Tuesday, November 17th, 2015

More Cherries

There are no great trends at work in asset allocation at the moment. Equity and bond indices are stuck in a narrow range and our equity vs bonds indicators have hardly moved in a month. Equities continue to offer poor returns on a risk-adjusted basis. But some countries are better than others, so this week we concentrate on two which have been in the headlines for all the wrong reasons and which may offer interesting opportunities.

Japanese equities had a poor end to Q3 and start to Q4. We believe this was due to the Post Bank IPOs which started trading two weeks ago. The strain of underwriting and attracting buyers for such a large privatisation should not be under-estimated. One way of measuring this is to look at what happened once the strain was removed. Last week Japanese equities were the only major asset class to go up in dollar terms. Every other equity region and fixed income category fell, as did commodities and REITs.

This week the headlines scream that Japan has fallen back into technical recession but the equity market has hardly moved. This is not because poor GDP data will lead to another round of QE as in the Eurozone. It’s because the case for Japanese equities has never really revolved around Japanese GDP. It is about the improved returns of Japanese companies as a result of corporate governance reforms, and the switch out of government bonds and into higher-yielding equities by some of the most influential pension schemes in the country. We think that both trends have further to go. We may even see greater interest from domestic retail investors as a result of the recent IPOs.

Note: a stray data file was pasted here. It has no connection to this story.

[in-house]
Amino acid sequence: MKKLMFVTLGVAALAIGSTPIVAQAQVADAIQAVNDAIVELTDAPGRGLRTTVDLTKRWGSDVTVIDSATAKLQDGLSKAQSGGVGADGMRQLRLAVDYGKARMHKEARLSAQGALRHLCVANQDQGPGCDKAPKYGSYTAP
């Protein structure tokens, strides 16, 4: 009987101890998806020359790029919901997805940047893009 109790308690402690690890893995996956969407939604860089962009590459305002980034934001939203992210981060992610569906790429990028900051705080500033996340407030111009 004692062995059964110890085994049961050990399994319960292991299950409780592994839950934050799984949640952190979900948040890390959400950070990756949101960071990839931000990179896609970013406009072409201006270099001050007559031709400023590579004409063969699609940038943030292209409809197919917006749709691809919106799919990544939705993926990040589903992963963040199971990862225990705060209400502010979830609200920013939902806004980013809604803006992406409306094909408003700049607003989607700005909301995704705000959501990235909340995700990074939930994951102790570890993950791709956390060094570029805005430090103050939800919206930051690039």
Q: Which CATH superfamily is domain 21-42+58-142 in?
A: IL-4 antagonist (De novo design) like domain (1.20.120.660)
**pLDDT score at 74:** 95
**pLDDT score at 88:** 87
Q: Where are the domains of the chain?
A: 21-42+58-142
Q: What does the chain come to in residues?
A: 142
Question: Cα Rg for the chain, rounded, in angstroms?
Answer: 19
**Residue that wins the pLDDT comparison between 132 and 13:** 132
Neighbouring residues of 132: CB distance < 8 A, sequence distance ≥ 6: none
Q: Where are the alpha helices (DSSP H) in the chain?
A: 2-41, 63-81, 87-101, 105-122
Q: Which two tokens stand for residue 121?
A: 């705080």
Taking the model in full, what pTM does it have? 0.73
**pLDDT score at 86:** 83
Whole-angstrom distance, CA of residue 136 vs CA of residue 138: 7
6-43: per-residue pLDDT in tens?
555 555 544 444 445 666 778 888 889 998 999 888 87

The other country is France. Before the tragedy in Paris, we had noticed that it was second in our Eurozone equity ranking and third in our Eurozone bond model. A bit like Japan, French equities suffer from the bad rap of being associated with a poorly performing economy, but they have more than their fair share of international companies which are global payers in their industries. Groups such as Accor, Air Liquide, Axa, BNP, Carrefour, Danone, L’Oreal, LVMH, Renault, Sanofi, Total and Vinci have long since outgrown their French roots. The French equity market is the largest in the Eurozone, about 20% larger than Germany, and it has a broad spread of capitalisation by sector. If investors can justify US equity performance by reference to global growth, the same logic can apply to the French index. Unlike the UK it does not have too much exposure to commodities and energy, or the scandal-hit auto sector like Germany.

Our next point may seem slightly contradictory, but French companies would be best placed to benefit if there were an acceleration in the French economy. We think this is possible for two reasons. First, May 2017 is the date of the next Presidential elections, which means that 2016 should be the year for pork barrel politics. Second, the bombings have already led to calls for increased military and security spending. Regardless of whether the policy will work, the economic implications should be positive, especially as France has a substantial defence industry (Airbus, Dassault, Safran, Thales, Zodiac). This could turn into an important budgetary stimulus. So there is the message. France and Japan are among the handful of developed markets which have produced positive returns in dollar terms YTD. Both could continue to surprise the sceptics.

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